There has been much talk about the positive effects of CBD for human health, and there is some suggestion this could apply to animals. Is this desirable – or even legally feasible? Using Germany as a case study, we examine whether – and under what conditions – CBD could be marketed for animal use.

Lately, across Europe there is a perceived popularity surrounding cannabis and, in particular, its component cannabidiol (CBD). Some media reports claim miraculous effects of CBD for human health, while animals are also identified as a target group for the consumption of CBD. However, not everything that is desirable from a marketing point of view is also legally feasible. This article examines whether – and under what conditions – CBD can be marketed for animal use. The discussion applies to the legal situation in the EU, but focuses on the factual and legal situation in Germany. This may vary from the legal practice and administration of justice in other member states.

The substance CBD

Along with tetrahydrocannabinol (THC), CBD is a main component of the cannabis plant. While THC is psychotropically effective, CBD is said to have anti-inflammatory, anticonvulsant, antiemetic, anxiolytic, hypnotic or antipsychotic effects. CBD is often touted as a cure for anxiety, stress, depression, insomnia, pain, inflammation or even serious diseases such as cancer. However, critics doubt that the effects of CBD go beyond those of a placebo. Its efficacy in animals is even more uncertain.

Regulatory framework

The European Court of Justice (ECJ) decided on 19 November 2020 (Case C-663/18) that CBD, when it is extracted from the Cannabis sativa plant in its entirety and not solely from its fibre and seeds, is not a drug within the meaning of the Single Convention on Narcotic Drugs. However, this does not give companies carte blanche to market it. The question is how CBD intended for animal consumption is to be classified within the legal framework applicable in the EU. To answer this, the definitions of the product categories under consideration should be examined: ‘feed material’, ‘compound feed’, ‘feed additive’ and ‘veterinary medicinal product.’

Feed materials are products of vegetable or animal origin, whose principal purpose is to meet animals’ nutritional needs, in their natural state, fresh or preserved, and products derived from the industrial processing thereof, and organic or inorganic substances, whether or not containing feed additives, which are intended for use in oral animal-feeding either directly as such, or after processing, or in the preparation of compound feed, or as carrier of premixtures. Compound feed is a mixture of at least two feed materials, whether or not containing feed additives, for oral animal-feeding in the form of complete or complementary feed.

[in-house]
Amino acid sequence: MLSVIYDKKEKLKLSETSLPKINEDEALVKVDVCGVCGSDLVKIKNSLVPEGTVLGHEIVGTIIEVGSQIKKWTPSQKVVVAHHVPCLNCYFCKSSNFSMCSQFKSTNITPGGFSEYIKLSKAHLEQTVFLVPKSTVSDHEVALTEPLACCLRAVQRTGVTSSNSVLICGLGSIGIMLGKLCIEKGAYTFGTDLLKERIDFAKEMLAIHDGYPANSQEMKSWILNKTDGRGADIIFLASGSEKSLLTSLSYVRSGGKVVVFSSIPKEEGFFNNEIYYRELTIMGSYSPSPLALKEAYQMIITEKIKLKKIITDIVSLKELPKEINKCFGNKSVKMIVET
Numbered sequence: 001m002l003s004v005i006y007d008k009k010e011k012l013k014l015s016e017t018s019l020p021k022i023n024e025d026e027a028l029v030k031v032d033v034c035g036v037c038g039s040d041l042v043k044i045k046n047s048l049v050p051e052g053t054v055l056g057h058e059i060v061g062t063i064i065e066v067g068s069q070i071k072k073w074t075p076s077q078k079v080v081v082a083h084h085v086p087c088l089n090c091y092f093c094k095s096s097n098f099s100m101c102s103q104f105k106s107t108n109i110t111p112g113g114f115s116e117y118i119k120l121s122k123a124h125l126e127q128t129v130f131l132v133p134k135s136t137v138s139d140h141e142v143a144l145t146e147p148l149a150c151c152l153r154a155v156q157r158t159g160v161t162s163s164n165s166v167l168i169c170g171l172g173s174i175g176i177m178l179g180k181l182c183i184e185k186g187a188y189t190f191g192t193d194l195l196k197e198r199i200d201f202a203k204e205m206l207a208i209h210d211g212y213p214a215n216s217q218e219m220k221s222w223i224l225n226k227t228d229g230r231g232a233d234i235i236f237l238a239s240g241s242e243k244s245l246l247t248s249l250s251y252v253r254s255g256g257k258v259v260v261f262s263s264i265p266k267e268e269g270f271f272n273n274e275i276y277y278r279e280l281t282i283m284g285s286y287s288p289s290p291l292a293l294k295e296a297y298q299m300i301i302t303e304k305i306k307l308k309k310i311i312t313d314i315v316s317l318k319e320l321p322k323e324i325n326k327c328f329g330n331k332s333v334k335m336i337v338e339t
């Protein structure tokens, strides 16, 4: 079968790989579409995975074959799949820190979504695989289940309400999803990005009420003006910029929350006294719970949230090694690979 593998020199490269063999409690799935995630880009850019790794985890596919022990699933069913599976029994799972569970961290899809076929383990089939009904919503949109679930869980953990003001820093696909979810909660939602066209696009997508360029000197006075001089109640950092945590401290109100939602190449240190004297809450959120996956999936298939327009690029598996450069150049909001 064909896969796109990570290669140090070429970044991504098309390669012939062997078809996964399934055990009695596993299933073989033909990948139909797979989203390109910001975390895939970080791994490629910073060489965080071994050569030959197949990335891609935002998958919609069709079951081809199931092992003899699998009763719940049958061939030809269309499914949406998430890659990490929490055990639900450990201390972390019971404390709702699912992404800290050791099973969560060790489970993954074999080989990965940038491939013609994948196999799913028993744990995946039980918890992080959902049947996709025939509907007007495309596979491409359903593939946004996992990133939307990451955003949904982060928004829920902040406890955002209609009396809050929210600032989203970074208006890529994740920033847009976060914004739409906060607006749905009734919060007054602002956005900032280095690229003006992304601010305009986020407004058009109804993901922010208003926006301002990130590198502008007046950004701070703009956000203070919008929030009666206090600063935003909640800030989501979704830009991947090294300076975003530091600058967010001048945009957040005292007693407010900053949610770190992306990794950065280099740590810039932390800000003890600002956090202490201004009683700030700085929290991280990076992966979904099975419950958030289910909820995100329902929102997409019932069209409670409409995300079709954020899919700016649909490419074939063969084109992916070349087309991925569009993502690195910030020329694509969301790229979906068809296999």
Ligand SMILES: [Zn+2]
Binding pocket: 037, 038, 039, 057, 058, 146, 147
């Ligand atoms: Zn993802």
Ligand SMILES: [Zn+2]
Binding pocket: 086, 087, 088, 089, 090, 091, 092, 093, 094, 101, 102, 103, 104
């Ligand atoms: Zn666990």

Feed additives are substances, microorganisms or preparations, other than feed material and premixtures, which are intentionally added to feed or water in order to perform, in particular, one or more of the functions mentioned in Article 5 para 3 Regulation (EC) No 1831/2003 and listed/ described below:

  • Favourably affect the characteristics of feed 
  • Favourably affect the characteristics of animal products 
  • Favourably affect the colour of ornamental fish and birds 
  • Satisfy the nutritional needs of animals 
  • Favourably affect the environmental consequences of animal production 
  • Favourably affect animal production, performance or welfare, particularly by affecting the gastrointestinal flora or digestibility of feeding stuffs, or 
  • Have a coccidiostatic or histomonostatic effect.

A veterinary medicinal product, as defined in Regulation (EU) 2019/6 on veterinary medicinal products (which will replace Directive 2001/82/ EC as from 28 January 2022), is:

  • Any substance or combination of substances that are presented as having properties for treating or preventing disease in animals (= medicinal product by presentation), or
  • Any substance or combination of substances that may be used in or administered to animals with a view to restoring, correcting or modifying physiological functions by exerting a pharmacological, immunological or metabolic action (= medicinal product by function).

Veterinary medicinal products and feed additives need a marketing authorisation, making the market entry of such products in the EU laborious, lengthy and expensive. By contrast, feed materials and compound feed can be placed on the EU market without prior authorisation. It is therefore likely that distributors of CBD products for animal consumption would prefer to declare such products as (compound) feed. This can only be done if (isolated) CBD or extracts of cannabis containing CBD can be classified as ‘feed material’.

Commission Regulation (EU) 2017/1017 on the catalogue of feed materials considers ‘hemp seed’, ‘hemp expeller’, ‘hemp oil’, ‘hemp flour’ and ‘hemp fibre’ to be ‘feed material’ – CBD or hemp extract containing CBD are not listed. Since Commission Regulation (EU) 2017/1017 is not a closed list of permitted feed materials, it may mean that CBD or hemp extract with CBD could be considered feed materials. The courts must clarify the legal status of CBD products for animal consumption.

Recent case law and other developments